In the last post we had a simple stepping algorithm, and a gradient descent implementation, for fitting a line to a set of points with one variable and one ‘outcome’. As I mentioned though, it’s fairly straightforward to extend that to multiple variables, and even to curves, rather than just straight lines.
For this example I’ve reorganised the code slightly into a class to make life a little easier, but the main changes are just the hypothesis and learn functions. For the hypothesis, we just need to calculate our output value based on all of the parameters, so we turn our calculation into a loop:
Similarly, we need to update our learning function. In the single parameter case we were using updating our intercept based on the score, and then we were multiplying our gradient (the second parameter) by the example row’s value - so our gradient would be multiplied by the example’s x score. We’re going to do the same here, updating each parameter after the first with the value multiploed by the example’s xn value - so parameter1 * x0, parameter2 * x1 and so on.
The rest stays pretty much the same - each step we update the parameters in the learn function, and check that our score is reducing properly. However, one of the other issues we didn’t look very much in the previous post was what learning rate to choose, and what number of iterations to limit to. These are often hard to say precisely, but it can help to plot the change in the score for different values on a graph. We can do that for some data with our class pretty easily.
Plotting the output gives us a graph like this:
We can see from the graph that the error rate is reducing well with 0.1, so that would be a good start point for this data. However, if the learning rate is too high, the graph may bounce around, or not converge as well, which would be a sign to reduce it.
One other new thing we’re doing in this code is trying to standardise the data a bit by scaling it between -0.5 and 0.5. To do that, we calculate the min and max of any given feature (so e.g. the min and max of values x1 say) to give us the range of values. We also calculate the average for each entry.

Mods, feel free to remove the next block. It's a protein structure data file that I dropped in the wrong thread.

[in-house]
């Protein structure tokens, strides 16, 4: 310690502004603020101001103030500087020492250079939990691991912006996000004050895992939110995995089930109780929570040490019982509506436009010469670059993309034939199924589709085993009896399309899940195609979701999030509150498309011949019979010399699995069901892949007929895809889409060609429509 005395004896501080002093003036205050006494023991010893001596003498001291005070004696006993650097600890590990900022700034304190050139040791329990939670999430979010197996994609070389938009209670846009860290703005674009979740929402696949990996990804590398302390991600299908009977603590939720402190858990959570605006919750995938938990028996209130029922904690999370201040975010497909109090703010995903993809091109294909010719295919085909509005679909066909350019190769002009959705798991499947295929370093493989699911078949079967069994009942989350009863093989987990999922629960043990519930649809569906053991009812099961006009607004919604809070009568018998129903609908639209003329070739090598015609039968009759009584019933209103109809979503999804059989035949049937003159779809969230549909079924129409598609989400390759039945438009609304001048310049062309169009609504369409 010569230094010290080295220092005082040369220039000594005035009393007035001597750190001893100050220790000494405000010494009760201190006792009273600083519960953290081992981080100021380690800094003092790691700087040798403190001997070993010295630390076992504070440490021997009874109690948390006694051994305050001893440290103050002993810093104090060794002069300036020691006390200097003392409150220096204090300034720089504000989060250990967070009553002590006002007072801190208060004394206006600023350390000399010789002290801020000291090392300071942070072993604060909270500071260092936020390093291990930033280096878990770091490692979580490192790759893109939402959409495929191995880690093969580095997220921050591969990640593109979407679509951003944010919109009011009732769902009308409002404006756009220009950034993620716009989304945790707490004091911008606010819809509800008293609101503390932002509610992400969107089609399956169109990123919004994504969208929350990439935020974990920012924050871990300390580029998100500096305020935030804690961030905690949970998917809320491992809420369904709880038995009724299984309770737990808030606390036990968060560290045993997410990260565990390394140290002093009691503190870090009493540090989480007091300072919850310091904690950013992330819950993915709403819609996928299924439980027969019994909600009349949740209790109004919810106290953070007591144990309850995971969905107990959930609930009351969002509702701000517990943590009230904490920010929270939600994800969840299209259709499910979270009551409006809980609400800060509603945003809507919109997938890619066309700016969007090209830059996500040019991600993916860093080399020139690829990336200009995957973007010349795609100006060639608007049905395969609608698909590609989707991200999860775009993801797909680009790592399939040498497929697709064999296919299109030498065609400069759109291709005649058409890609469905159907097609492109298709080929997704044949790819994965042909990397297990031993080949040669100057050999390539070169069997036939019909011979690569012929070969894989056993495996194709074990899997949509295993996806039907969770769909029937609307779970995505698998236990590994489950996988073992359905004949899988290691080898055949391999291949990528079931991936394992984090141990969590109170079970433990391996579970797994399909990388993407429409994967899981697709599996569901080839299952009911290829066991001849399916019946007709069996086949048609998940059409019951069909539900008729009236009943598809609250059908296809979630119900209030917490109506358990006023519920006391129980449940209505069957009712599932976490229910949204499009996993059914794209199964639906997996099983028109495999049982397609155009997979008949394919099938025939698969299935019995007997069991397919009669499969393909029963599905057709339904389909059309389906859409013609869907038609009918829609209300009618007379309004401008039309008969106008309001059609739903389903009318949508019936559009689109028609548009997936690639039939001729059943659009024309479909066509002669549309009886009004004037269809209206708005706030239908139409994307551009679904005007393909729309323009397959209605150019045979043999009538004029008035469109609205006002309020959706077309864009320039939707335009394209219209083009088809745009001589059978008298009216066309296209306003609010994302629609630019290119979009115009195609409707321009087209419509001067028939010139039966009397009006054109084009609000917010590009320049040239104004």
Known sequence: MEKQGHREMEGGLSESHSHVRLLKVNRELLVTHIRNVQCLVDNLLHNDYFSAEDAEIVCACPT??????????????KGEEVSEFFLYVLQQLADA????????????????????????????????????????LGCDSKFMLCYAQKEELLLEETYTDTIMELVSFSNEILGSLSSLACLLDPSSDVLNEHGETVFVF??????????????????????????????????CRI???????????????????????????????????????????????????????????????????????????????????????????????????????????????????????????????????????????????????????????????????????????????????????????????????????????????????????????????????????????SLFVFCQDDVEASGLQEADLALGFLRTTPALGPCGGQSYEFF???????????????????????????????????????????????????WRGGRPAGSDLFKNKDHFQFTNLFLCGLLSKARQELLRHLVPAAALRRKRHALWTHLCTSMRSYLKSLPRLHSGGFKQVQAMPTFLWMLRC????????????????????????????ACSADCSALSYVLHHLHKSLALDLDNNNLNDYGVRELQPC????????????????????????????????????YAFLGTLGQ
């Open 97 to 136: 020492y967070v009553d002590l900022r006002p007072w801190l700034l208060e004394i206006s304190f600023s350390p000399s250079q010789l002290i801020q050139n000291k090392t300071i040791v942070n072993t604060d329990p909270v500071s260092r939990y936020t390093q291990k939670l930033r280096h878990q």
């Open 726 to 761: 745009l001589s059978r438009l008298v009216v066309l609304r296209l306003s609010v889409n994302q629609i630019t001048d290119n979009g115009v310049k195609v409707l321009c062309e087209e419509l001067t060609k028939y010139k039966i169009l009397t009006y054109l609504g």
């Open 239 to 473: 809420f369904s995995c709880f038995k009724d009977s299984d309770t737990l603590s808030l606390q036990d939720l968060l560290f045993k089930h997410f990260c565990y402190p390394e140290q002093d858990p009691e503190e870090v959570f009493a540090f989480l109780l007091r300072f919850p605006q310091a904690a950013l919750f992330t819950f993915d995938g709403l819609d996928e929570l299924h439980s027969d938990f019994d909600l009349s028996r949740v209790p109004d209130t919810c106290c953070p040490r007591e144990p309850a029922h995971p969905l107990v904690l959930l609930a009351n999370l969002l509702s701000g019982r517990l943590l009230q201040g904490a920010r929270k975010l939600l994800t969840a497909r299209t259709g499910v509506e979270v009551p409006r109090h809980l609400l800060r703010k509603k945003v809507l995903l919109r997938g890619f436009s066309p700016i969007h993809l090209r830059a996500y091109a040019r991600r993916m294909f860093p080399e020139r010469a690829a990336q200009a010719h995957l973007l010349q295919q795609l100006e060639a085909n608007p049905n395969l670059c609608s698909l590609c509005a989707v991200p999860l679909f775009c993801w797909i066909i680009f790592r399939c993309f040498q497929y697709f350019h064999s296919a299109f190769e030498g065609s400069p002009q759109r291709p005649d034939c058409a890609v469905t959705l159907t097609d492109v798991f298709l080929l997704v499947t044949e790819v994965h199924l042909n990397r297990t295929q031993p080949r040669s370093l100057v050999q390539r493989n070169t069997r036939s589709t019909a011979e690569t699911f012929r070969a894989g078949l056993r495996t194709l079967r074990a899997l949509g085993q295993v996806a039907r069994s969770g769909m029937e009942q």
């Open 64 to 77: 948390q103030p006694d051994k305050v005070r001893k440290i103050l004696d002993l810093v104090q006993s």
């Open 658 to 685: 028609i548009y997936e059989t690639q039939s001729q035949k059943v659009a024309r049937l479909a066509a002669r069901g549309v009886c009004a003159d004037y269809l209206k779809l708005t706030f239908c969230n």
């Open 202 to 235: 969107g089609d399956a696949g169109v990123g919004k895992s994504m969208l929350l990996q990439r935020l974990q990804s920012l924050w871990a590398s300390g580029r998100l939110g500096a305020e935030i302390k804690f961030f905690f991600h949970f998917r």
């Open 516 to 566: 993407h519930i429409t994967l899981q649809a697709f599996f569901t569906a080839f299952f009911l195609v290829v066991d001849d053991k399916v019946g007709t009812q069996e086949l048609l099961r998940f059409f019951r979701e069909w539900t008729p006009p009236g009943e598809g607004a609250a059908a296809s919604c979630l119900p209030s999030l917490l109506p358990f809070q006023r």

For each value we then subtract the average (giving it a nice mean of 0), and divide by the different between min and max, which gives us the -0.5 to 0.5 range. This allows us to treat data at different scales similarly, which tends to be a win for the algorithm (though not always, so your mileage may vary) - as in real world problems we’ll often be dealing with data that has entries at very diverse ranges - for example if we’re trying to estimate the value of companies based on the number of employees and number of office locations, we’re could well be talking about numbers in the 1000s for employees by 10s for office. Gradient descent will still work without feature scaling, but it’ll take longer.
One other interesting thing we can do once we have this kind of setup is to extend it to lines (or surfaces in the > 2D cases) that are not straight - using polynomials (anything with an x2 or higher power) in it. All we have to do for that is update our hypothesis and learn functions again so that we calculate the hypothesis with the right powers on the variables, and update our learn function.
If you recall from the previous article, the learning function was updating based on the partial derivative of our ‘cost’ function (the sum of the squared errors between prediction and actual values) - we’re doing the same here. For the linear case we had to multiply the score by the value of xn, so parameter1’s was updated by the score multiplied by x0 and so on. In this case, we need to make sure we include the power, so if our hypothesis is is y = parameter0 + parameter1*x02 then we need to multiply parameter1 by x02 in the learning function.
We can then call that function exactly the same way. As the ml-class lectures point out, there is a quicker way of getting this for many cases (ones with reasonable numbers of features, or xn values), which is called the normal method - but that involves some linear algebra in calculating the inverse of a matrix - something that there isn’t a library for in PHP (as far as I’m aware), and hence a bit of a pain to write -but if you are interested in solving these types of problems, it’s worth looking into.